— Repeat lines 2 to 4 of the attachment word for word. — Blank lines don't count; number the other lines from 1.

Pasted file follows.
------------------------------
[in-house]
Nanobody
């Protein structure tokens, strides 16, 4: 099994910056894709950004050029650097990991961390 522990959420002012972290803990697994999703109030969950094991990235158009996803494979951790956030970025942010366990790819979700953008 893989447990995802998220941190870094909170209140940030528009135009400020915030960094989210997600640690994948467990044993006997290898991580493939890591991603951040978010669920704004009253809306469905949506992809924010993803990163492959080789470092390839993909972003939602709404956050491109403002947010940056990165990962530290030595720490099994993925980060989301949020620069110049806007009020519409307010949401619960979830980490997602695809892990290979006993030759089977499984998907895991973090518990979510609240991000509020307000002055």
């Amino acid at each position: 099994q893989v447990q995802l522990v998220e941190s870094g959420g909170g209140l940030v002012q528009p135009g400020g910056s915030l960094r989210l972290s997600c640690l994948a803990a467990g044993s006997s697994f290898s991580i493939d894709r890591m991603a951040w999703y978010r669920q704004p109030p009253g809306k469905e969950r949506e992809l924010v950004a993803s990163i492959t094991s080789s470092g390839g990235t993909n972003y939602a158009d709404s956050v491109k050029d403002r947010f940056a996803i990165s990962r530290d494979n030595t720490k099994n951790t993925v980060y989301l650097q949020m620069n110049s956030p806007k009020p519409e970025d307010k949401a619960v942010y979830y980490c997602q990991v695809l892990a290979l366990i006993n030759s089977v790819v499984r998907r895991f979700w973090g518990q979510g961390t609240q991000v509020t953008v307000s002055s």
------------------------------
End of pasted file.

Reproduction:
Nanobody
């Protein structure tokens, strides 16, 4: 099994910056894709950004050029650097990991961390 522990959420002012972290803990697994999703109030969950094991990235158009996803494979951790956030970025942010366990790819979700953008 893989447990995802998220941190870094909170209140940030528009135009400020915030960094989210997600640690994948467990044993006997290898991580493939890591991603951040978010669920704004009253809306469905949506992809924010993803990163492959080789470092390839993909972003939602709404956050491109403002947010940056990165990962530290030595720490099994993925980060989301949020620069110049806007009020519409307010949401619960979830980490997602695809892990290979006993030759089977499984998907895991973090518990979510609240991000509020307000002055």
């Amino acid at each position: 099994q893989v447990q995802l522990v998220e941190s870094g959420g909170g209140l940030v002012q528009p135009g400020g910056s915030l960094r989210l972290s997600c640690l994948a803990a467990g044993s006997s697994f290898s991580i493939d894709r890591m991603a951040w999703y978010r669920q704004p109030p009253g809306k469905e969950r949506e992809l924010v950004a993803s990163i492959t094991s080789s470092g390839g990235t993909n972003y939602a158009d709404s956050v491109k050029d403002r947010f940056a996803i990165s990962r530290d494979n030595t720490k099994n951790t993925v980060y989301l650097q949020m620069n110049s956030p806007k009020p519409e970025d307010k949401a619960v942010y979830y980490c997602q990991v695809l892990a290979l366990i006993n030759s089977v790819v499984r998907r895991f979700w973090g518990q979510g961390t609240q991000v509020t953008v307000s002055s």